Thunderbolt logo

Pocket Academy

Pocket Academy’s the first Kairosoft game that’s given me pause. The usual formula returns, with the mechanics falling somewhere between the building-oriented nature of Hot Springs Story and the stat-heavy slant of Game Dev Story. It provides a harsh challenge and a learning curve that belies much of the hyper-accessible formula.


Kairosoft has removed the carrot from the stick and yet stand there whacking you with the stick anyway. But there’s not the same kind of pull. The incentive feels arbitrary at first and it’s a slow burn trying to figure out exactly what the game’s asking for. Without the use of guides it takes hours of slogging through those torturous early school years until you’ve figured much of anything out. And by this point it’d probably be worth starting over lest your future alumni might amount to nothing, much like your career in the school district.

Little is explained. Unlike the developer’s other titles, the path to success is more abstract. Success is achieved vicariously through the students and so there’s a kind of detachment there but also room for growth. There’s a loose guide in the options but little help is doled out contextually, so it boils down to trial-and-error. There is more depth but as a consequence Pocket Academy lacks the sharp focus and stability of the much-loved prior entries.


Once you’ve figured out the systems, Pocket Academy comes around. Guiding your students to success in their chosen career paths and building out a functional place to facilitate their growth provides its own reward. Watching their triumphs and failures provides a more personal touch.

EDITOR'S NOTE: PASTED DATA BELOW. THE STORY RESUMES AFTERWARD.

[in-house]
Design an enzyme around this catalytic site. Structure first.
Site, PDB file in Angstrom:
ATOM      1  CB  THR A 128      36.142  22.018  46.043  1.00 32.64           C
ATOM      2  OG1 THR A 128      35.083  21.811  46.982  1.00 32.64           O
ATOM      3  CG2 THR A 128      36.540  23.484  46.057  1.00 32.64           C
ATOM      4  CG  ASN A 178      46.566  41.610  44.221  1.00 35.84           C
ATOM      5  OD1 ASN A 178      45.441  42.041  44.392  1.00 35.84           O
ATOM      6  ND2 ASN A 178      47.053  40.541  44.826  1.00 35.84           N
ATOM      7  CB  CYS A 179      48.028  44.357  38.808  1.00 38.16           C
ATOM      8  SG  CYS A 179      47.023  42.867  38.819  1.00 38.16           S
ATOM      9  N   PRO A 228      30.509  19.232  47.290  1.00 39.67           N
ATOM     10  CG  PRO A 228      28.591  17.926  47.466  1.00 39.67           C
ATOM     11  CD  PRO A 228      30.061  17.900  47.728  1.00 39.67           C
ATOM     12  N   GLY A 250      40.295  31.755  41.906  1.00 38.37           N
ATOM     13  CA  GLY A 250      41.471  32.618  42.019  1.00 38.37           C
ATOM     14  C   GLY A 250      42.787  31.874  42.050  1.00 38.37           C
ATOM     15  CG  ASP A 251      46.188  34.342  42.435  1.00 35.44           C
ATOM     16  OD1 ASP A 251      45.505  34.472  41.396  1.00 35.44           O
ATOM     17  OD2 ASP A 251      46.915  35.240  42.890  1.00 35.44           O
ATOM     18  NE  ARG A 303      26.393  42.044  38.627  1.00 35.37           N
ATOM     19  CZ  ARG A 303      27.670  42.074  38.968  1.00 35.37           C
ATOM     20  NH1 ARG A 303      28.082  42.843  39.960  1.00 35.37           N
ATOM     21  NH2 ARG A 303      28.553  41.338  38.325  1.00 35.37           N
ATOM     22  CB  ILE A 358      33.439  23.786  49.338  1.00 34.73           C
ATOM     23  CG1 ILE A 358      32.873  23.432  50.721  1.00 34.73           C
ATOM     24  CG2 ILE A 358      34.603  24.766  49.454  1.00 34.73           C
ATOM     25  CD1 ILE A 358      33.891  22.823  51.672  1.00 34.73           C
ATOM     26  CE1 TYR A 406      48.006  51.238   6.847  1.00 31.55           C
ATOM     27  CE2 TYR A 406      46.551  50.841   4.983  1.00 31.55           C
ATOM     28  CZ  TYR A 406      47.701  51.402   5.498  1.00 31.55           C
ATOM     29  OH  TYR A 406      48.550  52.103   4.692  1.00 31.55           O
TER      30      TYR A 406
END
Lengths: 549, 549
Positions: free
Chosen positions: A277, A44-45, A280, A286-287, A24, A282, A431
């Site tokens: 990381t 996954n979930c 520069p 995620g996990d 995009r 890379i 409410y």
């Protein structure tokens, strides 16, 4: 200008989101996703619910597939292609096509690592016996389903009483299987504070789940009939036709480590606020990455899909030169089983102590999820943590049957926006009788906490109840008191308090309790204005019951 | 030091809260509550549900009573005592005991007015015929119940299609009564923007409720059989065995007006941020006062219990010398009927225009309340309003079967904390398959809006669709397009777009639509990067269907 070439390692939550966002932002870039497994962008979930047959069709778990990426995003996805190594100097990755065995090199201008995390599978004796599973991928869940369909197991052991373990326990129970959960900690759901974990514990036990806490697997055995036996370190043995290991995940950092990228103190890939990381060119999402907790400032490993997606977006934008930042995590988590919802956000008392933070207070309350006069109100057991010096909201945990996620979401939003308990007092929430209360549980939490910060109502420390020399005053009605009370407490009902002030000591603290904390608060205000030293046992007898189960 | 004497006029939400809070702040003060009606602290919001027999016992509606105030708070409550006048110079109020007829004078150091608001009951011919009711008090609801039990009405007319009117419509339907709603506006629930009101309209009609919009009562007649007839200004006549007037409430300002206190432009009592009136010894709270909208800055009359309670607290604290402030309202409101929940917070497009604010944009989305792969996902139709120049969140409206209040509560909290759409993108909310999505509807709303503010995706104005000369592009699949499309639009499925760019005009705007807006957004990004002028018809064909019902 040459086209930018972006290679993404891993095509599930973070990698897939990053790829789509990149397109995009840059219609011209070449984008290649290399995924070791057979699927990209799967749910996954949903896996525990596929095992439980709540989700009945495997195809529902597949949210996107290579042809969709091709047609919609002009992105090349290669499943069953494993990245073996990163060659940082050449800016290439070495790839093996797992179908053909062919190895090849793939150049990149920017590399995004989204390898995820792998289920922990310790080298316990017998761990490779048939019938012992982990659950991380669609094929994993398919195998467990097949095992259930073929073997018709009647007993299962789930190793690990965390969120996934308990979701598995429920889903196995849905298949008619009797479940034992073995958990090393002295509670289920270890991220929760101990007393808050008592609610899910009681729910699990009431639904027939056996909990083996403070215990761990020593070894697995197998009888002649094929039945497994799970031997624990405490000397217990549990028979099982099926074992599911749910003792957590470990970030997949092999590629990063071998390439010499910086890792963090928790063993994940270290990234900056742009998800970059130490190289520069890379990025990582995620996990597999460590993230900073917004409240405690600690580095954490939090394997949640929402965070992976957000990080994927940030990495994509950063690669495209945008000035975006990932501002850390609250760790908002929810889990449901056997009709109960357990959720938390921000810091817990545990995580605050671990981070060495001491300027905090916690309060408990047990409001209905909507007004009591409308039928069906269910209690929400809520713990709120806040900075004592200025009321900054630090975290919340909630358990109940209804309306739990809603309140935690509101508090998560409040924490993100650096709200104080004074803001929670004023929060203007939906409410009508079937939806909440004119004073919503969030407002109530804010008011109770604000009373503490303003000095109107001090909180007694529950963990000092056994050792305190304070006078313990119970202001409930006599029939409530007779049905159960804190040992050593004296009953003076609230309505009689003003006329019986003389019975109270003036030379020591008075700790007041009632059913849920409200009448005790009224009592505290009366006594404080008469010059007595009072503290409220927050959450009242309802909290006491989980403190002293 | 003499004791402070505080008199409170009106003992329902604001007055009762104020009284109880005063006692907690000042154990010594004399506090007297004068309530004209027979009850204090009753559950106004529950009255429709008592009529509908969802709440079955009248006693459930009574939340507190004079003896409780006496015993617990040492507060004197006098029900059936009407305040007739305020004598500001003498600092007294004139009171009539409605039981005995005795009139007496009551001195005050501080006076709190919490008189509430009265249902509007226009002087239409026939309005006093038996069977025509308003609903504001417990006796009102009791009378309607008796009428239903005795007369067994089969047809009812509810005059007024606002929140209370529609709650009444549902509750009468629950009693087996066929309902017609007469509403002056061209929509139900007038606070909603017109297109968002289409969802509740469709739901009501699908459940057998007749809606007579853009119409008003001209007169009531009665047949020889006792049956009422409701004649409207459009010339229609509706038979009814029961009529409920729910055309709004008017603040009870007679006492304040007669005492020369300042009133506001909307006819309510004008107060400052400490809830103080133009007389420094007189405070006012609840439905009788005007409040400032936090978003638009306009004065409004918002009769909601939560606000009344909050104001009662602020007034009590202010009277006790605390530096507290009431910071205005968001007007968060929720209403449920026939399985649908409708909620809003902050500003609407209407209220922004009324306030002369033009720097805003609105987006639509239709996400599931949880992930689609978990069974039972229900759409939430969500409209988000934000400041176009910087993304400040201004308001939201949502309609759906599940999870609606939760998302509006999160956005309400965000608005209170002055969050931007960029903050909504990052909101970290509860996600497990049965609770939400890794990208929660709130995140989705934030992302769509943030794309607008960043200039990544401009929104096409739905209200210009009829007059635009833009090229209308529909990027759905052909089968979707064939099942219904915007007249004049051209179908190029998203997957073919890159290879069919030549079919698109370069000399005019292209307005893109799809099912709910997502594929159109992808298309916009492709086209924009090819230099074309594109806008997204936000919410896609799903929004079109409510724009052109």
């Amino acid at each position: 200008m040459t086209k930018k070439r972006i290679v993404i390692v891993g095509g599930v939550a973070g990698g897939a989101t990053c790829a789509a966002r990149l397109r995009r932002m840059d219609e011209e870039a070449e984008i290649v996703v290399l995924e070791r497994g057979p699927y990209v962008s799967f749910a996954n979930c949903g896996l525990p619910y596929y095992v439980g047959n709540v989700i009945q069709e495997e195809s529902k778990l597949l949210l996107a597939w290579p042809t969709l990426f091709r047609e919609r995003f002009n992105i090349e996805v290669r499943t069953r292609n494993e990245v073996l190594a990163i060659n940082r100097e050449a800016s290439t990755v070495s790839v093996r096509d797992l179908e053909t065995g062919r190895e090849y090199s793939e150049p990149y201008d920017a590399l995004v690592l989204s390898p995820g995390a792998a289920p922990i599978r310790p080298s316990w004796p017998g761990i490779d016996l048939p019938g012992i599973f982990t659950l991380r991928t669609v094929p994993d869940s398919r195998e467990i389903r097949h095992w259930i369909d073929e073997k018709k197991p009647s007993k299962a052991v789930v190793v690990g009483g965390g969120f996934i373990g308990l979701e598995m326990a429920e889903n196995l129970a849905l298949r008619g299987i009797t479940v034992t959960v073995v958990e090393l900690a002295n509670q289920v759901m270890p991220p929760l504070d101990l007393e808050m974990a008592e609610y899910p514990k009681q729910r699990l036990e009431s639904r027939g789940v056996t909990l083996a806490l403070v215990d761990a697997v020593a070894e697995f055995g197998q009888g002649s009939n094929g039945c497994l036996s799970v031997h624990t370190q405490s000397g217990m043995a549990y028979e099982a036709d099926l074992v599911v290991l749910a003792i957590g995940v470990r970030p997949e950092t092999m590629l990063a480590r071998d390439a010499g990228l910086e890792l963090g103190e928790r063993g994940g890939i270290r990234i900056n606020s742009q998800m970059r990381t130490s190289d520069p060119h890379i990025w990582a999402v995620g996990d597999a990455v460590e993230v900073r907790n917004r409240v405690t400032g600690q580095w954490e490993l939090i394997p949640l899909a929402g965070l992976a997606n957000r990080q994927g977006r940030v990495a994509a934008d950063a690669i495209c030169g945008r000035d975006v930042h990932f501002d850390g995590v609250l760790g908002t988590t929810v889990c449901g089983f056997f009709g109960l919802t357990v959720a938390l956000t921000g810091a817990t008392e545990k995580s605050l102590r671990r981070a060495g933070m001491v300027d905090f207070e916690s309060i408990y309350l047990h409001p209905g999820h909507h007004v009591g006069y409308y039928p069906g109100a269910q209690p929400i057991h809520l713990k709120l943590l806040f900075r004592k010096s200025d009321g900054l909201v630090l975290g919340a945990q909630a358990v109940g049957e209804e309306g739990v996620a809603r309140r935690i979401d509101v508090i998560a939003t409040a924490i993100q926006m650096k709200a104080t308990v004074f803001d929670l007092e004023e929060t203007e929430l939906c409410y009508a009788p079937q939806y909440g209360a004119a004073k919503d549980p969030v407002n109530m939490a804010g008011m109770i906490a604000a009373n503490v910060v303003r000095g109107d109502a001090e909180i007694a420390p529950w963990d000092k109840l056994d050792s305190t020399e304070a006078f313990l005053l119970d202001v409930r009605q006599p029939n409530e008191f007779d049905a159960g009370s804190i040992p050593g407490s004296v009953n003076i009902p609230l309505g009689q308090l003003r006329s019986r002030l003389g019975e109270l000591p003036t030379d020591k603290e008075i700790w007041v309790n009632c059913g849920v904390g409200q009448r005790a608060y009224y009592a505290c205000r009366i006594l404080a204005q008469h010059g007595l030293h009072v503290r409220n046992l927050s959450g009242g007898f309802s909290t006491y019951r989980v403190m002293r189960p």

Throughout each year, the students will make friends, find romances and participate in activities and classes on campus. As they slide around the floor in their PE track suits or harvest eggs, there’s still an inherent charm that’s unique to Kairosoft. It never becomes quite as absorbing as prior games because until mid-game it’s not entirely clear what to do. Once you know, the game falls into the same compelling cycle of menus and number grinding and pure simulation bliss as its predecessors. It just takes too long to get there this time.


Academia provides a finite amount of inspiration. It’s not the kind of quirky subject that stands out as entirely necessary but the sprite-based graphics and upbeat sound design continue to make up the difference. Kairosoft’s products continue to be the best reason to game on the iPhone even if their quality’s become inconsistent. The difficult thing about reviewing a game like this, however, is that even at their least inspired the developer represents the upper-echelon of the platform. Yet there’s a difference in quality now and Pocket Academy comes in below expectations.

6 out of 10

The author of this fine article

is an Associate Editor at Thunderbolt, having joined in July 2007. Get in touch on Twitter @Calvin_Kemph.

Gentle persuasion

You should check out our podcast.